In Paris, the most striking hotels are not always the largest. Or the grandest. On my visits to the City of Light, I am drawn to smaller, tucked-away edifices — most of them private mansions, many with ivy-kissed courtyards. These intimate 19th century lodgings offer belle Epoque charm and top drawer amenities. For me, they evoke the high society of turn -of-the-century Paris and the grandeur of those times.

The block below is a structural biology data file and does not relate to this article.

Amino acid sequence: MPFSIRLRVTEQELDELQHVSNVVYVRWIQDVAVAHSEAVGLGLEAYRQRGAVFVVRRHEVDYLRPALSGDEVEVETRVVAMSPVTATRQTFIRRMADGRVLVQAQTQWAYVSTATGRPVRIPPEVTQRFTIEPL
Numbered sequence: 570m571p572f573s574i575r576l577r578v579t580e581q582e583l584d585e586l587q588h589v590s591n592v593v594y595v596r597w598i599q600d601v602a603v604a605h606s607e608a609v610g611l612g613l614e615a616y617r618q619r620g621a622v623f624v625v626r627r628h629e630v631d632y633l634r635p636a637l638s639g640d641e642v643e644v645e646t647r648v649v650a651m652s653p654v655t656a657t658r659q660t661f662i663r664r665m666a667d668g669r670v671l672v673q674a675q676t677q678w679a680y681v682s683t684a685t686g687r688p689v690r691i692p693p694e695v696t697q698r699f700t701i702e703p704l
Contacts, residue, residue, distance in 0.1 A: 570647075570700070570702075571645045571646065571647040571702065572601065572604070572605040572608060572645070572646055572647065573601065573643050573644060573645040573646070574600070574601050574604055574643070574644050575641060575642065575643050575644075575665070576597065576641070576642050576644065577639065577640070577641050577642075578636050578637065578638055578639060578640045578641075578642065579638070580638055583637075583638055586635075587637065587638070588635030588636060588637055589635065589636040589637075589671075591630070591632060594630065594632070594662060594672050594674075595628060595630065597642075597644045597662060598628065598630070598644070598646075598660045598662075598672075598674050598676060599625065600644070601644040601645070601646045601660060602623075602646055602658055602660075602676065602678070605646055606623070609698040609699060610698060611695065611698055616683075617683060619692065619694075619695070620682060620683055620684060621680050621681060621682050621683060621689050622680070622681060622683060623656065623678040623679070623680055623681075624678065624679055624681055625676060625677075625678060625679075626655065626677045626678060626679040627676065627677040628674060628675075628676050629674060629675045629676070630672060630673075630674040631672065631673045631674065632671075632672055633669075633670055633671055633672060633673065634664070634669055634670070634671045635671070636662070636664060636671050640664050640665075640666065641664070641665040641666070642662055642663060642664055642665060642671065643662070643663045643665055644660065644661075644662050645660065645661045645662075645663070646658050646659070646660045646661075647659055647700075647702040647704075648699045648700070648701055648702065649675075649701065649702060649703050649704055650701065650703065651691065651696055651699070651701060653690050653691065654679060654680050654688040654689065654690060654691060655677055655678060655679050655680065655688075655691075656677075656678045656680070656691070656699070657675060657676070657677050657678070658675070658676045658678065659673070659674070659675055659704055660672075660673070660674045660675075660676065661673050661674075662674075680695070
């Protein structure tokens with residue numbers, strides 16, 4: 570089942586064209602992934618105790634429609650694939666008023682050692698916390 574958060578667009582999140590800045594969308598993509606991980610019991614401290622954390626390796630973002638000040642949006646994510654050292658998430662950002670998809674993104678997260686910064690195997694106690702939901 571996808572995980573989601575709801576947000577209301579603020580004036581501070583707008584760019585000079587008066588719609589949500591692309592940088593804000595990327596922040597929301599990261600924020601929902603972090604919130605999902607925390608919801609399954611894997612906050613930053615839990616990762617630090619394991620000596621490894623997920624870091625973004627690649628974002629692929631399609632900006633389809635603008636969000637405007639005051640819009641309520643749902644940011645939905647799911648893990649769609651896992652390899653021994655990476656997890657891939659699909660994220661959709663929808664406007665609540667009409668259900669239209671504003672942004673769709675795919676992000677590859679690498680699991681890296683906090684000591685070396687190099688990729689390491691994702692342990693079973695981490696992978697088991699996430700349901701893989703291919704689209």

Though the nattily attired dandies and haughty aristocrats (for the most part) have faded into history, their mansions have survived offering would-be bons vivants and lovers of 19th century French literature the kind of accommodations that recall the raconteur-filled salons chronicled in the novels of Honore de Balzac.
Less predictable than the classic luxury hotel, the lack of crowds (most have just a handful of rooms in a townhouse) along with feels-like-home ambience (if you were, say, a duke) invite tourists to feel more honored guest than paying patron.
This story appeared in The New York Times on September 23. Read the full article here